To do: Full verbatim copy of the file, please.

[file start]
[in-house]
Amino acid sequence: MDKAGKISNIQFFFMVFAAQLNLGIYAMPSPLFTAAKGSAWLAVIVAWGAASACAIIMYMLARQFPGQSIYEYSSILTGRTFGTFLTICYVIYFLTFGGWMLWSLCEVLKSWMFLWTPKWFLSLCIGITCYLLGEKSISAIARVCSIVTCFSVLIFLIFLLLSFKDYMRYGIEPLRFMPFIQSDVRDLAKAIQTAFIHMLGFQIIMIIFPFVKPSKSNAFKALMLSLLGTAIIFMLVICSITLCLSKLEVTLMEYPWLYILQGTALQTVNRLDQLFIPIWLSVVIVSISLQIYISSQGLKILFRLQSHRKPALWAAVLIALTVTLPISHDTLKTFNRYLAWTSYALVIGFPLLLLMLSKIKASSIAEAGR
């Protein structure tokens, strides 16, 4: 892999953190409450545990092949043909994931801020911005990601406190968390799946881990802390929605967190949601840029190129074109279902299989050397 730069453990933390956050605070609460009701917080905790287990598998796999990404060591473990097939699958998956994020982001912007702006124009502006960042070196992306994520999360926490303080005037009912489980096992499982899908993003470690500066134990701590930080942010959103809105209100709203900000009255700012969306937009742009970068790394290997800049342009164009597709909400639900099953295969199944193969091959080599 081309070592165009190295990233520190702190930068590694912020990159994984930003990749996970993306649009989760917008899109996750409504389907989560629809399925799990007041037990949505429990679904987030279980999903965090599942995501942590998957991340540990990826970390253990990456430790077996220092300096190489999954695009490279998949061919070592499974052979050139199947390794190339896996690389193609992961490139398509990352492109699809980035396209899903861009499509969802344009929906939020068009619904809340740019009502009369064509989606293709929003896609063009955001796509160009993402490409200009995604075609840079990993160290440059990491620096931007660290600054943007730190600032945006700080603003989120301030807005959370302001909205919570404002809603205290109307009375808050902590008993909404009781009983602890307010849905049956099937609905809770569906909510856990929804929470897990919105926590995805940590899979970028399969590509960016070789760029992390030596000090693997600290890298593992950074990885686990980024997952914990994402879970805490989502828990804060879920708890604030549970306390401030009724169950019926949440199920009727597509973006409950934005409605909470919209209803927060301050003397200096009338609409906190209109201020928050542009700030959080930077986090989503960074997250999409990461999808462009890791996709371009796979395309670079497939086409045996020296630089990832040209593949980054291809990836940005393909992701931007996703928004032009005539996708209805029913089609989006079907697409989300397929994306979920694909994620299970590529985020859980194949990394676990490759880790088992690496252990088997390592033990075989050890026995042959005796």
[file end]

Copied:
[in-house]
Amino acid sequence: MDKAGKISNIQFFFMVFAAQLNLGIYAMPSPLFTAAKGSAWLAVIVAWGAASACAIIMYMLARQFPGQSIYEYSSILTGRTFGTFLTICYVIYFLTFGGWMLWSLCEVLKSWMFLWTPKWFLSLCIGITCYLLGEKSISAIARVCSIVTCFSVLIFLIFLLLSFKDYMRYGIEPLRFMPFIQSDVRDLAKAIQTAFIHMLGFQIIMIIFPFVKPSKSNAFKALMLSLLGTAIIFMLVICSITLCLSKLEVTLMEYPWLYILQGTALQTVNRLDQLFIPIWLSVVIVSISLQIYISSQGLKILFRLQSHRKPALWAAVLIALTVTLPISHDTLKTFNRYLAWTSYALVIGFPLLLLMLSKIKASSIAEAGR
């Protein structure tokens, strides 16, 4: 892999953190409450545990092949043909994931801020911005990601406190968390799946881990802390929605967190949601840029190129074109279902299989050397 730069453990933390956050605070609460009701917080905790287990598998796999990404060591473990097939699958998956994020982001912007702006124009502006960042070196992306994520999360926490303080005037009912489980096992499982899908993003470690500066134990701590930080942010959103809105209100709203900000009255700012969306937009742009970068790394290997800049342009164009597709909400639900099953295969199944193969091959080599 081309070592165009190295990233520190702190930068590694912020990159994984930003990749996970993306649009989760917008899109996750409504389907989560629809399925799990007041037990949505429990679904987030279980999903965090599942995501942590998957991340540990990826970390253990990456430790077996220092300096190489999954695009490279998949061919070592499974052979050139199947390794190339896996690389193609992961490139398509990352492109699809980035396209899903861009499509969802344009929906939020068009619904809340740019009502009369064509989606293709929003896609063009955001796509160009993402490409200009995604075609840079990993160290440059990491620096931007660290600054943007730190600032945006700080603003989120301030807005959370302001909205919570404002809603205290109307009375808050902590008993909404009781009983602890307010849905049956099937609905809770569906909510856990929804929470897990919105926590995805940590899979970028399969590509960016070789760029992390030596000090693997600290890298593992950074990885686990980024997952914990994402879970805490989502828990804060879920708890604030549970306390401030009724169950019926949440199920009727597509973006409950934005409605909470919209209803927060301050003397200096009338609409906190209109201020928050542009700030959080930077986090989503960074997250999409990461999808462009890791996709371009796979395309670079497939086409045996020296630089990832040209593949980054291809990836940005393909992701931007996703928004032009005539996708209805029913089609989006079907697409989300397929994306979920694909994620299970590529985020859980194949990394676990490759880790088992690496252990088997390592033990075989050890026995042959005796």